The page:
In its efforts to reach Mars by the 2030s, NASA has enlisted the help of one of the world’s newest space agencies, signing an agreement with the United Arab Emirates to collaborate on space exploration.
The agreement the US space agency signed Sunday in Abu Dhabi has made "the exploration of Mars" its first priority. The two countries have also agreed to share research, scientific instruments, and possibly spacecraft.
For NASA, the agreement comes amid a debate simmering in Congress about how much a journey to the Red Planet will cost, and broader questions about whether human exploration of Mars should be the agency’s first priority.
"There are a lot of things we could be doing in space," Rep. Dana Rohrabacher (R) of California said at a hearing last month, mentioning the clean-up of space debris and a system to protect Earth from an asteroid impact. "I hope that we make sure that we don't waste dollars on things that we don't accomplish anything with," he added.
A 2014 review by the National Research Council found that it would take NASA 20 to 40 years to send humans to Mars' surface, costing nearly $500 billion, John Sommerer, the panel's chairman, told lawmakers in February.
While NASA officials have often avoided directly discussing the cost of a Mars mission, ArsTechnica reports, the amount available for space exploration comes to only about $180 billion over the next 20 years. Putting that money toward a Mars mission could also require abandoning the International Space Station, which NASA is unlikely to do.
"While sending humans to Mars, and returning them safely to the Earth, may be technically feasible, it is an extraordinarily challenging goal, from physiological, technical, and programmatic standpoints," Dr. Sommerer, a space scientist who headed the technical panel, told lawmakers. "It is only with unprecedented cumulative investment, and, frankly, unprecedented discipline in development, testing, execution, and leadership, that this enterprise is likely to be successful."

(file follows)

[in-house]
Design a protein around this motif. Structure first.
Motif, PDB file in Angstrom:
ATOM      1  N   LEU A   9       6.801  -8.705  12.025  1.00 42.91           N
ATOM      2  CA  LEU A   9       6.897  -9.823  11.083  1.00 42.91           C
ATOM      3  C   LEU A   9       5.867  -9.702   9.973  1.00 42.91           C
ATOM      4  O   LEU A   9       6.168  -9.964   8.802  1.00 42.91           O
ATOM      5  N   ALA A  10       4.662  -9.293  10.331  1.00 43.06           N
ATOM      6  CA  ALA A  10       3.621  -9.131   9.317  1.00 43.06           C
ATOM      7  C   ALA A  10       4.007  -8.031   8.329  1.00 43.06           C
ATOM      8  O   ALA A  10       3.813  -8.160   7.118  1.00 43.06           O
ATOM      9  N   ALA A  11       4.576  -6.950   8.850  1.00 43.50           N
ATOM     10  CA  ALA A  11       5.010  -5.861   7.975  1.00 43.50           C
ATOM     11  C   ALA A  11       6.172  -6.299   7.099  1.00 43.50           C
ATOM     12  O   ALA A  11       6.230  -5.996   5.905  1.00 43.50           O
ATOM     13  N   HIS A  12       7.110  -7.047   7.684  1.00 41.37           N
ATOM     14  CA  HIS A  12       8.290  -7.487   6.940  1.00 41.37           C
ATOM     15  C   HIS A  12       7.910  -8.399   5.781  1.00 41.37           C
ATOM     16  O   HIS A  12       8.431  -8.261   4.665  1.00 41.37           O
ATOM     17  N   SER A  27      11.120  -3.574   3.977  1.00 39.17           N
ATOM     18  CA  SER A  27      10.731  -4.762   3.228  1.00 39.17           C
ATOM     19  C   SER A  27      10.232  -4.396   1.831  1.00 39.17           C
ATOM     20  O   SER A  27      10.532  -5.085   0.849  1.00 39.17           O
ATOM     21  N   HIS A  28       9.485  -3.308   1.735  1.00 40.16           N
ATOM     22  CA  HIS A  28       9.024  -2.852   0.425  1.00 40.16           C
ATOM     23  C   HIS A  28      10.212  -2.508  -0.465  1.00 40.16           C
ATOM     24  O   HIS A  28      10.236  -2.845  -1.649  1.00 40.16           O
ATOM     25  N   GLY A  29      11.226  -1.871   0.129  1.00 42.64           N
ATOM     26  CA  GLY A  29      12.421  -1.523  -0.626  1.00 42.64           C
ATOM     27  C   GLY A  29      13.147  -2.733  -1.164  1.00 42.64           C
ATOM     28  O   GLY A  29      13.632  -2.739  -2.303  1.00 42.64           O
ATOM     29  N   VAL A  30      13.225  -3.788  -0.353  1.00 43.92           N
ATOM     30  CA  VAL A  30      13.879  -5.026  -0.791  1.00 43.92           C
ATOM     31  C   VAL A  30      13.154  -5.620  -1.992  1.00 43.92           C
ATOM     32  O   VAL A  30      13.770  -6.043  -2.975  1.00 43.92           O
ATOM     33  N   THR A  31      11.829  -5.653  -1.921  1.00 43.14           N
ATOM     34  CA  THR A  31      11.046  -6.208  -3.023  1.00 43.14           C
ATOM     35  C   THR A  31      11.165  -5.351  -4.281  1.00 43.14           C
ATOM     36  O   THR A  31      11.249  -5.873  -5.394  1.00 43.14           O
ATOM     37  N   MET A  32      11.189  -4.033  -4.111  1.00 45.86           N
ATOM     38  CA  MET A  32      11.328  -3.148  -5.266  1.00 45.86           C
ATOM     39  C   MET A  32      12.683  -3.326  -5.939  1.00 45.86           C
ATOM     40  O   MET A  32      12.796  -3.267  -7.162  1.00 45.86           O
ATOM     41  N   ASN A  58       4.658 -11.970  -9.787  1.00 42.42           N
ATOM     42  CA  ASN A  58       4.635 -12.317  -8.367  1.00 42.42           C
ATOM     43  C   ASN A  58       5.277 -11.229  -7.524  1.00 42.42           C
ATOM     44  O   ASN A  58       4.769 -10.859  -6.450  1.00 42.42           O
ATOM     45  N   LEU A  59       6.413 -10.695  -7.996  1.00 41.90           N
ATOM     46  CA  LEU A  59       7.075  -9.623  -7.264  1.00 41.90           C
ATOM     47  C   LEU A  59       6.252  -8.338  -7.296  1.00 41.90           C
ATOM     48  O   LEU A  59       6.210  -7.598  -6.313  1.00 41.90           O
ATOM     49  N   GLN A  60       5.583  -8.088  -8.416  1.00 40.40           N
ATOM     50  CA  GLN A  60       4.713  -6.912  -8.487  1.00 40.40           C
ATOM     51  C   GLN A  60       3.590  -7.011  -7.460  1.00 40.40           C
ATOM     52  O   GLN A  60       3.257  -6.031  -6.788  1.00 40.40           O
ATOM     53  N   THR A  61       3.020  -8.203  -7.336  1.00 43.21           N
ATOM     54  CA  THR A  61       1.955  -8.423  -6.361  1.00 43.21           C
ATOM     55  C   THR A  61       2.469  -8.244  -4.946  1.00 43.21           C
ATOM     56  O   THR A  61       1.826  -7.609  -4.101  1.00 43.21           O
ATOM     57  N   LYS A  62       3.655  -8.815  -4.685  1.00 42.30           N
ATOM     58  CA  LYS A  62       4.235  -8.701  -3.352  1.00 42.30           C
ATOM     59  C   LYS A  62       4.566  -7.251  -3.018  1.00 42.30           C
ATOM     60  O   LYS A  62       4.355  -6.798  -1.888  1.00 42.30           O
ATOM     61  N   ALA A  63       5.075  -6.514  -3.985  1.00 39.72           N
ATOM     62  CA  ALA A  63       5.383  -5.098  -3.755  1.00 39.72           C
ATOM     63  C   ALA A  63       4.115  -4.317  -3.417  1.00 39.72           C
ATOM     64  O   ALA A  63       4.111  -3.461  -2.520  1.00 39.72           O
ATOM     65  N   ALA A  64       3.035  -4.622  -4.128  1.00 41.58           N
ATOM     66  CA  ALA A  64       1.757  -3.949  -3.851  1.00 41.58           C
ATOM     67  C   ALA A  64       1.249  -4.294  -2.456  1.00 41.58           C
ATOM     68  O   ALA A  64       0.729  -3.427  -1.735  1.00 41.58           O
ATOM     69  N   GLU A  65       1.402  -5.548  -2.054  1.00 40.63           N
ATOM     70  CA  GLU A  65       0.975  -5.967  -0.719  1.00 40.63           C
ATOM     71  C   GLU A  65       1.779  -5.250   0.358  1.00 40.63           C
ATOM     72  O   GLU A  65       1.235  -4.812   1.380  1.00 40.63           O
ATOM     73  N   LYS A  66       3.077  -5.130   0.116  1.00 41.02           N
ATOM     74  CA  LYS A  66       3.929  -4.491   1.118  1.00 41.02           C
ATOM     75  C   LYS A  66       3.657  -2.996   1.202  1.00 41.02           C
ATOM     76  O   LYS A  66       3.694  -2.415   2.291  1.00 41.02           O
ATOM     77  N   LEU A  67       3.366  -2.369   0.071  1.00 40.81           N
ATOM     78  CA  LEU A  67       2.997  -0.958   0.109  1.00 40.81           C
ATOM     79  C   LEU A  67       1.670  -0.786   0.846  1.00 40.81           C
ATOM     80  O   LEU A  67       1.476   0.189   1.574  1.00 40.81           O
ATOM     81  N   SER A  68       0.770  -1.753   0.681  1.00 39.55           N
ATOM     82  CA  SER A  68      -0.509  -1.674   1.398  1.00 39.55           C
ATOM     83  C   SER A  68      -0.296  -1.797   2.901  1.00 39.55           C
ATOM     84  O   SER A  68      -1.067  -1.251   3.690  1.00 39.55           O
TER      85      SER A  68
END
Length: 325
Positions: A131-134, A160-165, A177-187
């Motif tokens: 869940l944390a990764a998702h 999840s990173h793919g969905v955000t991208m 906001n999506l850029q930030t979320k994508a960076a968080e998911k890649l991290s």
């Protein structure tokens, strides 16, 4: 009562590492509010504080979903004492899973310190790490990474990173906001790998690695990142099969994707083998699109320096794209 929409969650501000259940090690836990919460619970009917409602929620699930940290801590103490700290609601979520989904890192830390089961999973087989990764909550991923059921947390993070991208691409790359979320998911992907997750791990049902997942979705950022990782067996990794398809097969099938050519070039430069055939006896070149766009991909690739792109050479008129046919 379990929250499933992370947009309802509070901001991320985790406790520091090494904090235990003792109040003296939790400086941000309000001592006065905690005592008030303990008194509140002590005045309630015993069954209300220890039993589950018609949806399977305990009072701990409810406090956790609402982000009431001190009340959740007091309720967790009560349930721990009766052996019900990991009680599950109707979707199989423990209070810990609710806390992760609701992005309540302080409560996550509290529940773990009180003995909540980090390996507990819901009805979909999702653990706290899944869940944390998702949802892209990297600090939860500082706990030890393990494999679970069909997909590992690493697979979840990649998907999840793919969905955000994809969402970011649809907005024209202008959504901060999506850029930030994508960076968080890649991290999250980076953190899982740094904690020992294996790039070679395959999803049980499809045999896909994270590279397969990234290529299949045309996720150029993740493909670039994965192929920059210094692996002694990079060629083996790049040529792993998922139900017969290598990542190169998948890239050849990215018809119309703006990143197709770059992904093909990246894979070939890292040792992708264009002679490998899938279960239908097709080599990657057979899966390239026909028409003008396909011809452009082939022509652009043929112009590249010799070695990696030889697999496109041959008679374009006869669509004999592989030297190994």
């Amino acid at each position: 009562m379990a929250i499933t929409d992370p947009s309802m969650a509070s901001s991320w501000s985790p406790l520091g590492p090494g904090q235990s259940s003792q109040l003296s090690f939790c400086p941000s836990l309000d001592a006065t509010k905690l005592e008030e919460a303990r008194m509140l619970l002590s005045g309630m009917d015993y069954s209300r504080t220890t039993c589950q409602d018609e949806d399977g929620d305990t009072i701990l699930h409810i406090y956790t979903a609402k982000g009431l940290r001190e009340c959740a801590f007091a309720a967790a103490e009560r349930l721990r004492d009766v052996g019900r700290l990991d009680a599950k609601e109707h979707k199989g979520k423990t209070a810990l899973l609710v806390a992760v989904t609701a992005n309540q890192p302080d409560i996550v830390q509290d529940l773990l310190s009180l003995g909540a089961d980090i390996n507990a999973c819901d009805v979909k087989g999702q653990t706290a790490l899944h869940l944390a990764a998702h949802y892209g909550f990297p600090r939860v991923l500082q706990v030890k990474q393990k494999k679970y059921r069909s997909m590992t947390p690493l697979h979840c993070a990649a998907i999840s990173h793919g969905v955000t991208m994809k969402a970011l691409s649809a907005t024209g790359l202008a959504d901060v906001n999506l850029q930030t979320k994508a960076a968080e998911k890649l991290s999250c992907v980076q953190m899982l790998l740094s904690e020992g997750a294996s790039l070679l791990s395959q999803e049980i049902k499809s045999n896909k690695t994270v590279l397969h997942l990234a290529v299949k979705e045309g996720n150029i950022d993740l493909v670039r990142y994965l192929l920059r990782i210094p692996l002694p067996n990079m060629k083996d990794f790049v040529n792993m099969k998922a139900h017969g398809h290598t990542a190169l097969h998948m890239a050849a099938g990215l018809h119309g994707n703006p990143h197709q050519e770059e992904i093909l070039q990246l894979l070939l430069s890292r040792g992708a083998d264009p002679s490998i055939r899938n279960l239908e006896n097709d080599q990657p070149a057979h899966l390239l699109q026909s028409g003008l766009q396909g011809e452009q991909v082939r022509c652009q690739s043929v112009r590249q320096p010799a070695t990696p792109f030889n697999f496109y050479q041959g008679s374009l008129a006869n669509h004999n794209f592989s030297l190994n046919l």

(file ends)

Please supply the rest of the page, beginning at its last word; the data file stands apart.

Other countries have also joined the fray. While officials from India's space agency have been loath to declare their own mission to Mars part of a "space race" with other nations, their effort comes with a much more affordable price tag.
Prime Minister Narendra Modi once quipped that the country's $73 million Mars Orbiter Mission is even less expensive than the budget for the sci-fi blockbuster "Gravity," which cost $100 million. By comparison, NASA's Maven satellite reportedly costs $671 million.
One key reason India is able to keep costs down is because of the vast differences in labor costs. While the mean income for an aeronautical engineer is about $105,000 in the US, as NPR reported in 2013, higher-paid engineers in India make less than $20,000.
Acknowledging the high costs of NASA's Mars effort, some have suggested that establishing a base on the moon could be an intermediate step toward a manned voyage to Mars.
But NASA administrator Charles Bolden has continued to press forward with the effort, including signing the deal with the UAE, which is aiming to send an unmanned probe to Mars by 2021.
"Time and again I hear enthusiasm about our Journey to Mars and an appetite for partnership in this remarkable pursuit of progress and possibility," Mr. Bolden said in a blog post ahead of signing the agreement, saying such efforts at "space diplomacy" were a key step toward making a journey toward Mars a reality.
The oil-rich Arab country has also signed similar cooperation agreements with China, Russia, and Britain, tech site The Verge reports. While the details haven't been made public, Khalifa Al Romaithi, chair of the UAE Space Agency, said in a statement that the partnership "opens the door to the creation of a wide range of mutually beneficial programs and activities involving numerous organizations within the UAE and the USA."
NASA's Bolden echoed that focus. "Together, we can bring humanity to the face of Mars and reach new heights for the benefit of all humankind … and we will," he wrote last week.